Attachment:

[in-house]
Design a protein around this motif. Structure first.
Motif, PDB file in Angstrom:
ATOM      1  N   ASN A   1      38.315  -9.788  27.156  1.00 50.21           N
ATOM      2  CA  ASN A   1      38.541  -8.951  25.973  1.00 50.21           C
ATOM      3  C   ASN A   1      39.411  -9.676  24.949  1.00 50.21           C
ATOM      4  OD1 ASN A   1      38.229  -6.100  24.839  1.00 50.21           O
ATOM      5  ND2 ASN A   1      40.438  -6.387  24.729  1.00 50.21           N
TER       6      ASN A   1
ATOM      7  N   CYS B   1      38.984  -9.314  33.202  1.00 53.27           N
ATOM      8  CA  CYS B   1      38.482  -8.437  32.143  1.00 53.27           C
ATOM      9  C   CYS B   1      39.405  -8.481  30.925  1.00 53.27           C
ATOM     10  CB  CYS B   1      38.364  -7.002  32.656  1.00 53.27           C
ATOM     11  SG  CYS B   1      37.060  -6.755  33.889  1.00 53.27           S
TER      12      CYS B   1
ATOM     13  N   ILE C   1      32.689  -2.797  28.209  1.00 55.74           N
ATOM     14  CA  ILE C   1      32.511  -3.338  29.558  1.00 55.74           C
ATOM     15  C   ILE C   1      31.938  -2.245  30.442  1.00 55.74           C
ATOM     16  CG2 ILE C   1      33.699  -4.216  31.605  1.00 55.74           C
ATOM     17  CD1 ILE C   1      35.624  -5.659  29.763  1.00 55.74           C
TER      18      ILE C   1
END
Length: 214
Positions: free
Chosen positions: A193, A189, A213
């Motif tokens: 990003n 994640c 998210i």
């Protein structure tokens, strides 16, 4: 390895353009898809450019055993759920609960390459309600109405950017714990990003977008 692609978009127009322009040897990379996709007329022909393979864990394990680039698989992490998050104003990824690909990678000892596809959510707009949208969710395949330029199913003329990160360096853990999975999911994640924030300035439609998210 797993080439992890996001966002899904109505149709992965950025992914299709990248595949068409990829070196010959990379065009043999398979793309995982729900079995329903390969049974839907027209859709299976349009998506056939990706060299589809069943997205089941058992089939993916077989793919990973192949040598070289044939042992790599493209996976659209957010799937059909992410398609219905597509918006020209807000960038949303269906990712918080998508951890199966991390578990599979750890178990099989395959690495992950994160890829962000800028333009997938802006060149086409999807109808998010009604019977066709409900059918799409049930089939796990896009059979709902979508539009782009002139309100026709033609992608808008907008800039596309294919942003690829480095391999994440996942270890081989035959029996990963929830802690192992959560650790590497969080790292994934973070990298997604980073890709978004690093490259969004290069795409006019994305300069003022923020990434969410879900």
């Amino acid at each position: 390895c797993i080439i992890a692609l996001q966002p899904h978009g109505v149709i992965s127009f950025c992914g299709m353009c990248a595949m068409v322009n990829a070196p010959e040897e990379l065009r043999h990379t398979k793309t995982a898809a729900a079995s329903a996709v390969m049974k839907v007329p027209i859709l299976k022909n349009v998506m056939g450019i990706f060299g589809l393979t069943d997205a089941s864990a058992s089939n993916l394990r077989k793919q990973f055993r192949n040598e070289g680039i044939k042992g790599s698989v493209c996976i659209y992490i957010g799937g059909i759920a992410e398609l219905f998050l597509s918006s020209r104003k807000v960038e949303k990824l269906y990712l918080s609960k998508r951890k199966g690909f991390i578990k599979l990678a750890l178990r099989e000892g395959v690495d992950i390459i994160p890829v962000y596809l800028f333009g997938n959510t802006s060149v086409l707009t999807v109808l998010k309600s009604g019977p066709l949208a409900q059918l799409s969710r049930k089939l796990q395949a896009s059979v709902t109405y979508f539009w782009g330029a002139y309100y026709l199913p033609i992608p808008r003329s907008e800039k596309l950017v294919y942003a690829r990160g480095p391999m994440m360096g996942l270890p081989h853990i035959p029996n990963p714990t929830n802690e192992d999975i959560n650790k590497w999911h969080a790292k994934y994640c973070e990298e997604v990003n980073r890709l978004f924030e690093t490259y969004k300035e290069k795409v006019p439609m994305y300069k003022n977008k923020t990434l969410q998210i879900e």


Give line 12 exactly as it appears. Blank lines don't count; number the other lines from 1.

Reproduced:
ATOM      9  C   CYS B   1      39.405  -8.481  30.925  1.00 53.27           C